The conference, organised on 19 June on the sidelines of the Paris Air Show, was hosted by France’s Defence Minister Sebastien Lecornu to consult with his European counterparts and iron out differences in European airspace cooperation.

’We have two duties: preparing ourselves to assist Ukraine and reinforcing (NATO’s) eastern flank for the long term,” as well as “getting back to fundamentals we were familiar with during the Cold War but have become relevant again,’ emphasized Lecornu.

The meeting was attended by European defence ministers, including Hungarian DM Kristóf Szalay-Bobrovniczky, and the European Commissioner for Internal Market, Thierry Breton. However, contrary to his earlier indication, German Defence Minister Boris Pistorius was not attending. Officially, Germany has not ruled out integrating a French system into their European air defence initiative, namely the Italian-French joint product, the Mamba medium-range system, but Paris is considering a complete alternative.

Mistrals Are Well Known in Hungary

The Mistral surface-to-air missile, which five countries, including Hungary, now want to acquire, is manufactured by MBDA, a company created by a merger between French, British and Italian missile manufacturers. The development of the missile, which is based on the French SATCP, began in 1974, with the first version introduced into the French army in 1988, and today in active use in dozens of countries, making it a well-known, reliable and proven weapon. The Mistral can be mounted on various military equipment, such as armoured vehicles, and can reach targets up to six kilometres away, making it most effective against drones and helicopters in the field.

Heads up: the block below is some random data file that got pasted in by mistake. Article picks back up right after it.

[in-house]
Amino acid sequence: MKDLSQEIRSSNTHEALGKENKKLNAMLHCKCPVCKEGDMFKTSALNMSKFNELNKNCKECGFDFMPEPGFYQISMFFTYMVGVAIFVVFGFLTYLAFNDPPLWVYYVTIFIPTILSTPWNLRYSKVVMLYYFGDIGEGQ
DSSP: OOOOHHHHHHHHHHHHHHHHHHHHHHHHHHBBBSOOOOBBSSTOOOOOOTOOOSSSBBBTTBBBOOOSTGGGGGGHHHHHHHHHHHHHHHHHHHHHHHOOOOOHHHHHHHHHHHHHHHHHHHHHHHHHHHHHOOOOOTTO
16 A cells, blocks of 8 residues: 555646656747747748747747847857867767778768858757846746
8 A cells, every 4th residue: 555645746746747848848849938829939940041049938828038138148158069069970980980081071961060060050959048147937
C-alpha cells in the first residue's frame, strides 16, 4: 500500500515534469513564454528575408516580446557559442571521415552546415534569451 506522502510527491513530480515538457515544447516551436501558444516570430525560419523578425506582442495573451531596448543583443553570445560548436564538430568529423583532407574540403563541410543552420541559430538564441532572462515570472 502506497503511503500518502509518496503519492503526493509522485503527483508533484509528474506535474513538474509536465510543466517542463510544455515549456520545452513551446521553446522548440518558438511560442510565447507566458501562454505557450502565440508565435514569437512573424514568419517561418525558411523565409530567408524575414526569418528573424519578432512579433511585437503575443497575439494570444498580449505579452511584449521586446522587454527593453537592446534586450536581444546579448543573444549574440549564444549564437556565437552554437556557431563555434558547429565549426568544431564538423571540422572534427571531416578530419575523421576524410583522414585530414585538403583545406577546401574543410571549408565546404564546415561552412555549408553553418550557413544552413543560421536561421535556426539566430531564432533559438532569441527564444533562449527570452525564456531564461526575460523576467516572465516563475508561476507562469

Hungary has been using Mistral missiles for several years, and they have already been upgraded as part of the Zrínyi 2026 force development programme, Tamás Csiki Varga, a chief research fellow at the Strategic Defence Research Institute of the National University of Public Service, told Telex. Thus, as part of the current procurement, the Hungarian Defence Forces are only buying missiles for the existing launch sites.

In addition to short-range missiles, the Hungarian Defence Forces have also started to procure medium-range air defence systems as part of the ongoing force development programme. In November 2020, the Hungarian government decided to acquire the NASAMS-3 (Norwegian Advanced Surface to Air Missile System) medium-range system developed by the US and Norway, which will be deployed by 2025 in Hungary. In connection with this, Hungary has also signed on the procurement of eleven ELM-2084 air surveillance, air defence and artillery reconnaissance radars with Rheinmetall Canada in 2020. The equipment, which incorporates the Israeli company IAI ELTA’s active phase-steered (AESA) radar technology, is used in the Israeli ‘Iron Dome’ system as well. In addition, Hungary has joined the German-initiated Sky Shield programme, which will further enhance its capabilities through joint procurement.

Hungarian Force Development to Continue with Advanced Military Technologies Arriving in 2023
In addition to the French initiative, Hungary has also joined the German-initiated Sky Shield programme, which will further enhance its capabilities through joint procurement.